Bringing up a child is the most natural thing in the world, but that doesn’t mean it’s easy, as forty-year old Laure was finding.
Jack was toddling now, with a confidence far in excess of his ability to balance. To stop himself falling, he’d grab at whatever came to hand. It could be a tablecloth or a lamp. Today he got brave and weaved his way unaided across the middle of the living room, screeching with pride once he reached the little table on the other side of the room. He lifted one foot after the other off the floor, then took both hands off the table. He squealed with glee a few more times and promptly fell, mouth open, onto the edge of the table.
Laure rushed to gather him in her arms. The bleeding was torrential. Had he torn an artery in his mouth? Or knocked out one of his new teeth? She struggled to take a look but he screamed and wriggled and kicked and cried. Each scream pumped out scarlet blood mixed with saliva.
“Poor baby, poor baby,” she incanted as she grabbed paper towels from the kitchen. She could see a jagged wound right through his lip to the inside of his mouth. No wonder he was howling.
She felt her breathing change. Harsher at first, then faster. And her heart was beating all over the place, especially in her chest and her temples. Her hands trembled despite herself.
“There, there,” she intoned, barely audible above his screams. He had spat out the paper towel. She could smell his blood, his baby smell, her own helplessness.
Who was there to call? The health visitor was elusive after 10 a.m., and the GP was never available.
She tried some ice. Jack didn’t like it, but the bleeding was easing off.
Calmer now, Jack dribbled a little blood-stained saliva onto his beloved blankie.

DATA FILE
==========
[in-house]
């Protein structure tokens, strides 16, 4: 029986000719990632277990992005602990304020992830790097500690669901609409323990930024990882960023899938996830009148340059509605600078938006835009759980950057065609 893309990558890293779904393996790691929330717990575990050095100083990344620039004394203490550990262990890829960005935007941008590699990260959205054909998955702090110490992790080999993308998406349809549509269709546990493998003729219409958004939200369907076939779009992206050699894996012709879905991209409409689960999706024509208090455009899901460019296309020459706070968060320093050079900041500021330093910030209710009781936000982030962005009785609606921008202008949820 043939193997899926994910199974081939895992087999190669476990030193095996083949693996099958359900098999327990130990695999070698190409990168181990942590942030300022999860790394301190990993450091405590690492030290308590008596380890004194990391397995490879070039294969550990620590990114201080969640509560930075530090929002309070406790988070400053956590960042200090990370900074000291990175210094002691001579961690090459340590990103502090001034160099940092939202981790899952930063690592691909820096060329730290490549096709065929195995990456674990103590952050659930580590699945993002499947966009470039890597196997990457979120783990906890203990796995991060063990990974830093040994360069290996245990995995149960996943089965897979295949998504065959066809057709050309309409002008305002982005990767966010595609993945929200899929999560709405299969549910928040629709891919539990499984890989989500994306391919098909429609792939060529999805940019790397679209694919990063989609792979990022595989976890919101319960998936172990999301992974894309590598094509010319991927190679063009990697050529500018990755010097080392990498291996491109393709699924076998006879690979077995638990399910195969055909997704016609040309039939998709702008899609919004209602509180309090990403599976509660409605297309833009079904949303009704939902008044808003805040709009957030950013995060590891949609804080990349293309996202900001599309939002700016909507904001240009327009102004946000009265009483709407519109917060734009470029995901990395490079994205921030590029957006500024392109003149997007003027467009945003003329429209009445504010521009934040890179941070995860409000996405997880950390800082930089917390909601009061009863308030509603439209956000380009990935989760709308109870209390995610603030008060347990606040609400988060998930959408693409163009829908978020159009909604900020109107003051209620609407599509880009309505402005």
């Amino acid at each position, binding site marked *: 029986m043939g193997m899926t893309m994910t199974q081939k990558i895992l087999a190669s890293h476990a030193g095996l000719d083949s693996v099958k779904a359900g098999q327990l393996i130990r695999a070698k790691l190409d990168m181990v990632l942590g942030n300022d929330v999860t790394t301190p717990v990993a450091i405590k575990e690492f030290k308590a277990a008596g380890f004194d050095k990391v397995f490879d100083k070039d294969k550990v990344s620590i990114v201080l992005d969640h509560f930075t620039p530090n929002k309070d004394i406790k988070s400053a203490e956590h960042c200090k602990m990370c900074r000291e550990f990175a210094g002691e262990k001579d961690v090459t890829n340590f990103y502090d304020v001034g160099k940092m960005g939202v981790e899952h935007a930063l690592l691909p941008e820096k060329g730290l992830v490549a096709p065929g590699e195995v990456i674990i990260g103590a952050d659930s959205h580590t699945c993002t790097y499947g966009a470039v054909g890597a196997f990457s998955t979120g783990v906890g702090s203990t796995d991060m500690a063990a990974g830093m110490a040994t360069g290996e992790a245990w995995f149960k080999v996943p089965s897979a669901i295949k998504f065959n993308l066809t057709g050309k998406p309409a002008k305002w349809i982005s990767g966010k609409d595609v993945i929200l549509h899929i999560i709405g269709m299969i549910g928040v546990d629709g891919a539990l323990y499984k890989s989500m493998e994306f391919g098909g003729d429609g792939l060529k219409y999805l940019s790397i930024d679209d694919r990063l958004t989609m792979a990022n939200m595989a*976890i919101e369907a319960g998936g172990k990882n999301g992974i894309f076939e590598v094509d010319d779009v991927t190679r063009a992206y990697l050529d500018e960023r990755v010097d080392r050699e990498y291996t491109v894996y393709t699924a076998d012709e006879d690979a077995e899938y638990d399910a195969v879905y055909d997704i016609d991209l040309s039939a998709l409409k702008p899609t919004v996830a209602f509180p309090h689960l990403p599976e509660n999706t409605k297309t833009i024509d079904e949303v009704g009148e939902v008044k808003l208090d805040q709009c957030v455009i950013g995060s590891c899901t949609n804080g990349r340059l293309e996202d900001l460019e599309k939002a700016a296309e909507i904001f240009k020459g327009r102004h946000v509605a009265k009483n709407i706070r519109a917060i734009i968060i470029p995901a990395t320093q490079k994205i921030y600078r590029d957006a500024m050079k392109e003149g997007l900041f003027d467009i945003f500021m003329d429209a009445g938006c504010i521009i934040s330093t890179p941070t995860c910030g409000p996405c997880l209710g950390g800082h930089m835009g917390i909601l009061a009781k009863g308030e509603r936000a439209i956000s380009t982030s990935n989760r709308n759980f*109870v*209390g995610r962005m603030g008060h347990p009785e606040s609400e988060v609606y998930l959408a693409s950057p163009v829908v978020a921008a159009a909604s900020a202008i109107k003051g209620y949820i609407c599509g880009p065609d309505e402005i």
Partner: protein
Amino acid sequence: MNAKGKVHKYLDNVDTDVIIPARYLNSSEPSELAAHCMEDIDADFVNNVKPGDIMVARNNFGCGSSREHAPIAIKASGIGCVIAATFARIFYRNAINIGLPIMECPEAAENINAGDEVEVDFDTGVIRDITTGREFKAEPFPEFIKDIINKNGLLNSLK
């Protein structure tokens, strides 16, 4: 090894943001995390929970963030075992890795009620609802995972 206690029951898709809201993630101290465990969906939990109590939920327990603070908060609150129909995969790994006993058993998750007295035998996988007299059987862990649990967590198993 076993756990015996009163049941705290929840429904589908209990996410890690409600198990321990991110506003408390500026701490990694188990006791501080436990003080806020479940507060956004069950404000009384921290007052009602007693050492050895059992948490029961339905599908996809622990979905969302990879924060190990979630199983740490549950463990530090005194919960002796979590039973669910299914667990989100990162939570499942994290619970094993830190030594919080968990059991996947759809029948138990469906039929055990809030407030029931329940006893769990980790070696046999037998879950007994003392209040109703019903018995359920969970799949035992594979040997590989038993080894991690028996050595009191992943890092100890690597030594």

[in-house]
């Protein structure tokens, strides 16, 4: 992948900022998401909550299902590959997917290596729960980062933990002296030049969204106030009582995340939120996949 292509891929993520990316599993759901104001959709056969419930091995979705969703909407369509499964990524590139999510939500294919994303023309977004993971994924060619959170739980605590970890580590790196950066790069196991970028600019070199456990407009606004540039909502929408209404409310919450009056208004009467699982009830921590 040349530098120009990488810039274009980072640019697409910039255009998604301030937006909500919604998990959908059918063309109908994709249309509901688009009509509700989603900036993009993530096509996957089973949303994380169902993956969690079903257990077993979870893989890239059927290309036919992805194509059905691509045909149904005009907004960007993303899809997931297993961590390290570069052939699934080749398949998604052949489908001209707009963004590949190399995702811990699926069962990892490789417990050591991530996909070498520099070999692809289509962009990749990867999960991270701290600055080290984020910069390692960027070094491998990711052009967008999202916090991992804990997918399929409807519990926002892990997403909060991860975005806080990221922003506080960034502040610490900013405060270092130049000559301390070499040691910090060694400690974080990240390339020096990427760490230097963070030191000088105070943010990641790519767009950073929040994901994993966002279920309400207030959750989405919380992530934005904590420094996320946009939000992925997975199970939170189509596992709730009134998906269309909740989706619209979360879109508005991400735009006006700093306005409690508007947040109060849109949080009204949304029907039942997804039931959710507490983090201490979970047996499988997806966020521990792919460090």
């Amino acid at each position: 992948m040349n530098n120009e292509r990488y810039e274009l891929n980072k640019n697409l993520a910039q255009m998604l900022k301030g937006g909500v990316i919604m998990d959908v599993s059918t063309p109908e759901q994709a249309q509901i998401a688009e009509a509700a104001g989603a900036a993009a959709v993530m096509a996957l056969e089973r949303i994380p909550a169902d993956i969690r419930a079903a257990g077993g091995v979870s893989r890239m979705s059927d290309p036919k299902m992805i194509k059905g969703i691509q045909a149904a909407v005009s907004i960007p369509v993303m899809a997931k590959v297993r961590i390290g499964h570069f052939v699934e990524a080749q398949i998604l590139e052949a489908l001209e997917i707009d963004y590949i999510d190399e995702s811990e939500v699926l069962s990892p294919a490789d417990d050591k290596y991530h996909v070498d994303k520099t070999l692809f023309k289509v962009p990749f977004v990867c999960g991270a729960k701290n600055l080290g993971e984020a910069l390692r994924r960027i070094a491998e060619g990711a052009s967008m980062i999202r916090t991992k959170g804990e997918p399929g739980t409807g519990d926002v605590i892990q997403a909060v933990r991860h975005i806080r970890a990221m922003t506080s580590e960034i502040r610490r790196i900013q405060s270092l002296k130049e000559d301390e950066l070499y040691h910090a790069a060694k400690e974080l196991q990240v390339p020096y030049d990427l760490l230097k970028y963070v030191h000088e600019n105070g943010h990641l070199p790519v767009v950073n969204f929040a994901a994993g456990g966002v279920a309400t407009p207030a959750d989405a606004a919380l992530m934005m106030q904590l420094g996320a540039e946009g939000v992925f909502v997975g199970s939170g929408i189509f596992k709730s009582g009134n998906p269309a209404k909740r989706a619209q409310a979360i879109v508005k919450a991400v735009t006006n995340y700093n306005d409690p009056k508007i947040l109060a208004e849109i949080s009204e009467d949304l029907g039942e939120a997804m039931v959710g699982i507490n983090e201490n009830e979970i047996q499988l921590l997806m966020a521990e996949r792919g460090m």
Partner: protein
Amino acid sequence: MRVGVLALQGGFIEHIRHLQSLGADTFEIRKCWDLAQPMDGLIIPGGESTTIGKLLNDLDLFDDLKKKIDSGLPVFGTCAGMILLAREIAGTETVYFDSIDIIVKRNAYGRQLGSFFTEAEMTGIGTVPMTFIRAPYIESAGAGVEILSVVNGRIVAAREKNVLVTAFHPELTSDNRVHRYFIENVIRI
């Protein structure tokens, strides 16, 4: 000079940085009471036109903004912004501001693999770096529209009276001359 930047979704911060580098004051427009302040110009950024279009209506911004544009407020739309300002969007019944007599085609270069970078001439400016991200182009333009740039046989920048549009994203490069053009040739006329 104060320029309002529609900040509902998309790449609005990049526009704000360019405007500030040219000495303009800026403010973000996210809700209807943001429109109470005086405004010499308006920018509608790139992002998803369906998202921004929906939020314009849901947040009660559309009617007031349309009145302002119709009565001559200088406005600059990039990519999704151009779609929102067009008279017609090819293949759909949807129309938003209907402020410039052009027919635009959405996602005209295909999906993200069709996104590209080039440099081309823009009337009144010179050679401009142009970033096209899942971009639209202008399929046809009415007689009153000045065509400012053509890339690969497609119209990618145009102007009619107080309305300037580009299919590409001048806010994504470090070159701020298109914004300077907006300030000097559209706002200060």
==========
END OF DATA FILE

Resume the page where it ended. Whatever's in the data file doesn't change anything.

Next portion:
As he was happily playing with his toys, Laure left it. She also left the bloodied paper towels on the kitchen counter as exhibits for Dan when he got in.
He breezed in from work, his kiss reeking of garlic.
She gave him a blow by blow account.
“Relax,” said Dan. “He’s learning to walk.”
“He could have really hurt himself.”
Jack chose this moment to beam at Dan and say, “Car,” as he offered him a plastic vehicle.
“Yeah, but he didn’t. It’s only a cut.”
She frowned at him. “It’s a very deep cut. Have you actually seen all this blood?”
“It’s stopped now,” Dan pointed out.
Laure’s heart was still racing.
You can read more about Laure, Dan, and their friends in Hampstead Fever, available online and in bookstores.
2 thoughts on “The Dangers of Learning to Walk”
Good story – and typical of the age and stage and Mummy-stage! Our eldest fell on him mouth several times like this – the worst was his first day at primary school – worst because Mum was not picking him up, it was his friend Catherine’s mum! However, Catherine’s mum, vastly experienced with 3 older ones already, was probably best, and I was the one who felt guilty, at home with the baby twins, I don’t think he was too traumatised…
Thank you. My own twins did this a lot, as did their older brother… I think you can guess what inspired this passage!